The results are coming in from Mother Earth News’ latest round of pastured egg nutrient tests. Once again, pastured egg producers are kicking the commercial industry’s butt — yippee, go free range! Our previous tests found that eggs from hens raised on pasture — as compared to the official USDA data for factory-farm eggs — contain:
- 1/3 less cholesterol
- 1/4 less saturated fat
- 2/3 more vitamin A
- Two times more omega-3 fatty acids
- Three times more vitamin E
- Seven times more beta carotene
Now we’re looking at vitamin D, of which many people don’t get enough. New research is showing that this common vitamin deficiency may be related to much more than just weak bones — from diabetes and cancer to heart disease and multiple sclerosis. (You can read more about this important health issue in Vitamin D: Sunshine and So Much More.)
Our bodies can get vitamin D in two ways: when sunlight strikes our skin, or from our diet. Eggs are one of a small list of foods that are naturally rich in vitamin D. The USDA says supermarket eggs contain an average of 34 International Units per 100 grams. Our tests of eggs from four pastured farms in Texas, Kansas, Kentucky and Pennsylvania found that their eggs contained three to six times as much vitamin D as typical supermarket eggs. This means two scrambled eggs from pastured hens may give you 63 to 126 percent of the recommended daily intake of 200 IU of vitamin D.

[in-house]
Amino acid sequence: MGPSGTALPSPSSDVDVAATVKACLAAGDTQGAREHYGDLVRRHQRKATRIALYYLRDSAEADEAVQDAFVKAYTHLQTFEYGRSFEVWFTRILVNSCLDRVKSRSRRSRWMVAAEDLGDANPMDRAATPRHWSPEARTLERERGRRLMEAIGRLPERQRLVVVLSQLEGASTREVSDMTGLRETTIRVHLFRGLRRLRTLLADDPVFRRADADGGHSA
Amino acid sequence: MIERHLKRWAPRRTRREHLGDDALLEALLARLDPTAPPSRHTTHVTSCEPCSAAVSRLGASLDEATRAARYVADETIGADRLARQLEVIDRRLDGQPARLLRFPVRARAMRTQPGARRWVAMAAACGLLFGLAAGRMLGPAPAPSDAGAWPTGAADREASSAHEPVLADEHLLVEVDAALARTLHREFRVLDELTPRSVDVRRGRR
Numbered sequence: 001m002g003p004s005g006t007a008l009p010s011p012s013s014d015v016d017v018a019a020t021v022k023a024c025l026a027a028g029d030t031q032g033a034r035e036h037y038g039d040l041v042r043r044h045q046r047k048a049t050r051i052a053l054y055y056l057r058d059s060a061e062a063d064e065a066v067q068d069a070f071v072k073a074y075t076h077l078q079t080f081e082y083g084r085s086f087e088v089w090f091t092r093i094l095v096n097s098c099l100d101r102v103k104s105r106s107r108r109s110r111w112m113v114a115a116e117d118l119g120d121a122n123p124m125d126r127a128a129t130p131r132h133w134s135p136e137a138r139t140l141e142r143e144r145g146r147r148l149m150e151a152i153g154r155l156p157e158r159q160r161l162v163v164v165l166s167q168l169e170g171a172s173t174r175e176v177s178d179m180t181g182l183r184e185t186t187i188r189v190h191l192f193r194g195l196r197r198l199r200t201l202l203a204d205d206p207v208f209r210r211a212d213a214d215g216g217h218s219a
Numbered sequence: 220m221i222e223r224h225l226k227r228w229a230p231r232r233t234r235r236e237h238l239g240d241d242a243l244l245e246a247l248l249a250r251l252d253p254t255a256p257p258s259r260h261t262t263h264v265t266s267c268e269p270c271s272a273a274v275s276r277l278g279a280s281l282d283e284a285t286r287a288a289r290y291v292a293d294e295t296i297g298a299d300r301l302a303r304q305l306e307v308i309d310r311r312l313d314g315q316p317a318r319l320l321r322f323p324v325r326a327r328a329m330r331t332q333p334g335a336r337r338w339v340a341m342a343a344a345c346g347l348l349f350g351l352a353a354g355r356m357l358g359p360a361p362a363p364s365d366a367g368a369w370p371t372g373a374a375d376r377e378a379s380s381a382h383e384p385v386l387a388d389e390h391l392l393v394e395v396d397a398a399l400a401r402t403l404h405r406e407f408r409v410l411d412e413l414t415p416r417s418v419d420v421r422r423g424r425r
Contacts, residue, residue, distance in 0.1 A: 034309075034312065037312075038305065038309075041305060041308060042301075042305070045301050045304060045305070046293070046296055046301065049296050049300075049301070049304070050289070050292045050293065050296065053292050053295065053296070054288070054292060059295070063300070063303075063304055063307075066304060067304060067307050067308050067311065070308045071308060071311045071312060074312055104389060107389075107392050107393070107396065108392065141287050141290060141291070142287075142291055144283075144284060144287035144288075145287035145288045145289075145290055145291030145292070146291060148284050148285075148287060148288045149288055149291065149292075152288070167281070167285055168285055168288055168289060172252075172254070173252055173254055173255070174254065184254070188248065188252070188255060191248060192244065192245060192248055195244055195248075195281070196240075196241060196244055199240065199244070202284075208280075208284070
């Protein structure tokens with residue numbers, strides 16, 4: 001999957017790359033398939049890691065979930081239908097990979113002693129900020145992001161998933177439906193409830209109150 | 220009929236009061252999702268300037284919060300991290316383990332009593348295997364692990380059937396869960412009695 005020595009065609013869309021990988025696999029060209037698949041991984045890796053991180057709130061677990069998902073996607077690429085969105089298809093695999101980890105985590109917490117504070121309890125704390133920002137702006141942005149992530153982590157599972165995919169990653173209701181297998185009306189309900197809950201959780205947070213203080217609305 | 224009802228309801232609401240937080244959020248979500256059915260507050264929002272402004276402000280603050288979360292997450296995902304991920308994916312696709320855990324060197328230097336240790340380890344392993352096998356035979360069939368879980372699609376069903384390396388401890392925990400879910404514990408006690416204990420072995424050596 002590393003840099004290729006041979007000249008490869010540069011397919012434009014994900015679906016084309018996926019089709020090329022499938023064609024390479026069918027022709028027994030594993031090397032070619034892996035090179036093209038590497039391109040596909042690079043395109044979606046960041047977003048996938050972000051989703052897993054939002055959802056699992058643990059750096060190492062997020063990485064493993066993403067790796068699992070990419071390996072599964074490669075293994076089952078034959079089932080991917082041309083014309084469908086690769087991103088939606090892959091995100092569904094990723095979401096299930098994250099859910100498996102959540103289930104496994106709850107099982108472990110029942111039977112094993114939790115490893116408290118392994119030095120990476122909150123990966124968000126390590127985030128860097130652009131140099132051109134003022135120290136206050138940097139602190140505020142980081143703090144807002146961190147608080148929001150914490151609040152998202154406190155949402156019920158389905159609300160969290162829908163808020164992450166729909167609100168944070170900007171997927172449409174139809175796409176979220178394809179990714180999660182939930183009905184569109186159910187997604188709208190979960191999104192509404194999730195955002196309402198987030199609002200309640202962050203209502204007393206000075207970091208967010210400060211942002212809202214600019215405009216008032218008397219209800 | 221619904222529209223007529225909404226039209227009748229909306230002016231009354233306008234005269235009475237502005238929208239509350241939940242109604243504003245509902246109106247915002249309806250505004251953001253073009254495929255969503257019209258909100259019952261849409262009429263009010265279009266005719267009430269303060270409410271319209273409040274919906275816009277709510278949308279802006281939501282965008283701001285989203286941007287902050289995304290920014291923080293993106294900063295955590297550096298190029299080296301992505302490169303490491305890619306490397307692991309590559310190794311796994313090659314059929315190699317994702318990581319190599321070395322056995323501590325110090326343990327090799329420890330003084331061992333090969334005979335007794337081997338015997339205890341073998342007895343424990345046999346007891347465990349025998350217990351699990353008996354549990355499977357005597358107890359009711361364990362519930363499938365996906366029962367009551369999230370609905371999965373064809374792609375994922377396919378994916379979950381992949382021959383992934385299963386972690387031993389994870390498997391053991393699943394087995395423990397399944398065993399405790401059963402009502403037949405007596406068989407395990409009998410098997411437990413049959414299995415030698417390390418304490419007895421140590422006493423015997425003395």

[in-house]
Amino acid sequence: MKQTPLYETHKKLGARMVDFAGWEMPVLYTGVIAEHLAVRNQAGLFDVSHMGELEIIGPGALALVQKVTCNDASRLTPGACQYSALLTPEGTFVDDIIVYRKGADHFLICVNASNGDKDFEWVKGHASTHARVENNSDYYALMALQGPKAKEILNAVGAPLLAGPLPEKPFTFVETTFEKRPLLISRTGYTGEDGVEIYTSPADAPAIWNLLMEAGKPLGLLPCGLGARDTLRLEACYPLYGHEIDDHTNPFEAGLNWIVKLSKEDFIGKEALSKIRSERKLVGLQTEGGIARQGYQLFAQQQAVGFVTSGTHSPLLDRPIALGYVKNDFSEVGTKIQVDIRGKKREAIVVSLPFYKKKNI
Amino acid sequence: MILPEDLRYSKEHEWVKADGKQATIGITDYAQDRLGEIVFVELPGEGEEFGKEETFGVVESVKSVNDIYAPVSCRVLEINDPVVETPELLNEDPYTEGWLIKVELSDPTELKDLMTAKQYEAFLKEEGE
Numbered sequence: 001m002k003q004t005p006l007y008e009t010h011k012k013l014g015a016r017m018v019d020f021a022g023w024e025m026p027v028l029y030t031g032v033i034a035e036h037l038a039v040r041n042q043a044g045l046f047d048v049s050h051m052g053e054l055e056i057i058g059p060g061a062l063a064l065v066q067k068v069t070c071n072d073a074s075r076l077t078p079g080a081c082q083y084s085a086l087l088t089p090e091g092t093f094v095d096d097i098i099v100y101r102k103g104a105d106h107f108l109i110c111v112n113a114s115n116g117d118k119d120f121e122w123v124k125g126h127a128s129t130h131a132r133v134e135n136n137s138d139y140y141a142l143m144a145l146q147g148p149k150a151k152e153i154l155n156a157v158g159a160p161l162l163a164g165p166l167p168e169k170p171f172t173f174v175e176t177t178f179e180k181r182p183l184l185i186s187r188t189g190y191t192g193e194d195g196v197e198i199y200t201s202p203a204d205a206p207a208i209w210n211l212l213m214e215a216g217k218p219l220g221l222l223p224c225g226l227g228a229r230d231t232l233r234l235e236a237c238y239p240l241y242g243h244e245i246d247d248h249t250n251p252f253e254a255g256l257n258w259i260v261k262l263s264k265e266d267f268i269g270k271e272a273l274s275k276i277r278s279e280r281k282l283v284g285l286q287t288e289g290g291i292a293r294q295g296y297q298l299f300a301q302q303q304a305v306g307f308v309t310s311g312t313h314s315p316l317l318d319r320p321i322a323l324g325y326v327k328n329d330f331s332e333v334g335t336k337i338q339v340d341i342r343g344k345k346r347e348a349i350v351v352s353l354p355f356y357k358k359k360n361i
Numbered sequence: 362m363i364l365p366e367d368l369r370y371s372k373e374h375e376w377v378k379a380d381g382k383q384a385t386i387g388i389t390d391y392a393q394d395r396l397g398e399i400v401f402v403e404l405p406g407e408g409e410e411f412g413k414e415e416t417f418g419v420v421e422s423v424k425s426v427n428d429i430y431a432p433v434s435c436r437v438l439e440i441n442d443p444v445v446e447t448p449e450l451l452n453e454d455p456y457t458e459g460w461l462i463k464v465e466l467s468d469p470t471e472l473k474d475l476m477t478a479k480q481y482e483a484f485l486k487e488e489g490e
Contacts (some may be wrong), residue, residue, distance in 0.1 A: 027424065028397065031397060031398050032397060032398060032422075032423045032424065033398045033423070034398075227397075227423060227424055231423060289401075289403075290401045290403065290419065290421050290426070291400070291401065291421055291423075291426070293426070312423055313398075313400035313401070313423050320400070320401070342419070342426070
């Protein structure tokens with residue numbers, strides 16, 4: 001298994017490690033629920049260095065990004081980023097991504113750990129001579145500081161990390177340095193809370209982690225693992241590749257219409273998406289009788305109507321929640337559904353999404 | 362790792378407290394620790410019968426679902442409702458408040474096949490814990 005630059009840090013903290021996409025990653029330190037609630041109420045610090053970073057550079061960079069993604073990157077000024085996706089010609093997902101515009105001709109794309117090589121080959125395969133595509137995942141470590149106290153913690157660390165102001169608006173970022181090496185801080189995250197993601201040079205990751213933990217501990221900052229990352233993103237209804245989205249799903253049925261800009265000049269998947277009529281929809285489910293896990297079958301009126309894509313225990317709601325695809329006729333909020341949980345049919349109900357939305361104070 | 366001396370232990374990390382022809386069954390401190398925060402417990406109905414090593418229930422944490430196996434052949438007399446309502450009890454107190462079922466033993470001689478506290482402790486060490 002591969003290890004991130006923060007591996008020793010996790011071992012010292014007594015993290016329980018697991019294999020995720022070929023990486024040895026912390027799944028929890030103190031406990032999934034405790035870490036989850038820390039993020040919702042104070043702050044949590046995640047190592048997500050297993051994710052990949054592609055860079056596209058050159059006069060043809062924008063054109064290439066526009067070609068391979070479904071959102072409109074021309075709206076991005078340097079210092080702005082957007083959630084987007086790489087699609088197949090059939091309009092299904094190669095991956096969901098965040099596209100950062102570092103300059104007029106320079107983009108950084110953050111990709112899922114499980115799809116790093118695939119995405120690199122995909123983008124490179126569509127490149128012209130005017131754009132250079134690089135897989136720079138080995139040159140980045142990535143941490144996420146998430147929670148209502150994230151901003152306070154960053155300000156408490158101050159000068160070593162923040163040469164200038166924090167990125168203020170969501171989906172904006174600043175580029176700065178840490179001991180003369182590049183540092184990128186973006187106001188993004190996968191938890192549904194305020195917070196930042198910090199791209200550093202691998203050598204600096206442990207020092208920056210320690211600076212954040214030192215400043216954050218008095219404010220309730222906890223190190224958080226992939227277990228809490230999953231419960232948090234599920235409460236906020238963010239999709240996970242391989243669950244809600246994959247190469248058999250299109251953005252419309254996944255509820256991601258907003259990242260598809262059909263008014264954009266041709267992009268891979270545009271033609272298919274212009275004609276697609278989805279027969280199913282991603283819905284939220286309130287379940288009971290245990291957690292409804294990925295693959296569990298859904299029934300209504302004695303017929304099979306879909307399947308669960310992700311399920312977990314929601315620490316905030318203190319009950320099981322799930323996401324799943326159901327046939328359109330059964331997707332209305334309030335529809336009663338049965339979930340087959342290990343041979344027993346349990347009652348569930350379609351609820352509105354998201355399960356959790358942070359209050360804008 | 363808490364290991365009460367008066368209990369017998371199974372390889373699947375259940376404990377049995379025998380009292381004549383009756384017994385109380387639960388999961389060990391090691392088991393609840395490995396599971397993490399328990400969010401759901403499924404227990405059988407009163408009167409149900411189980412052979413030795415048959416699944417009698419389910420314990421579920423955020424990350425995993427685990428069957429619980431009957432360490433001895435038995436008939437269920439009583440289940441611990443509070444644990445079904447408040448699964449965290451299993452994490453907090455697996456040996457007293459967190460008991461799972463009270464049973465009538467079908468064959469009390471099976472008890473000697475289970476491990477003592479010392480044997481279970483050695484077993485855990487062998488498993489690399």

You can keep track of our ongoing pastured egg research at our Chicken and Egg Page. If you raise pastured chickens and are interested in participating in one of our studies, e-mail us.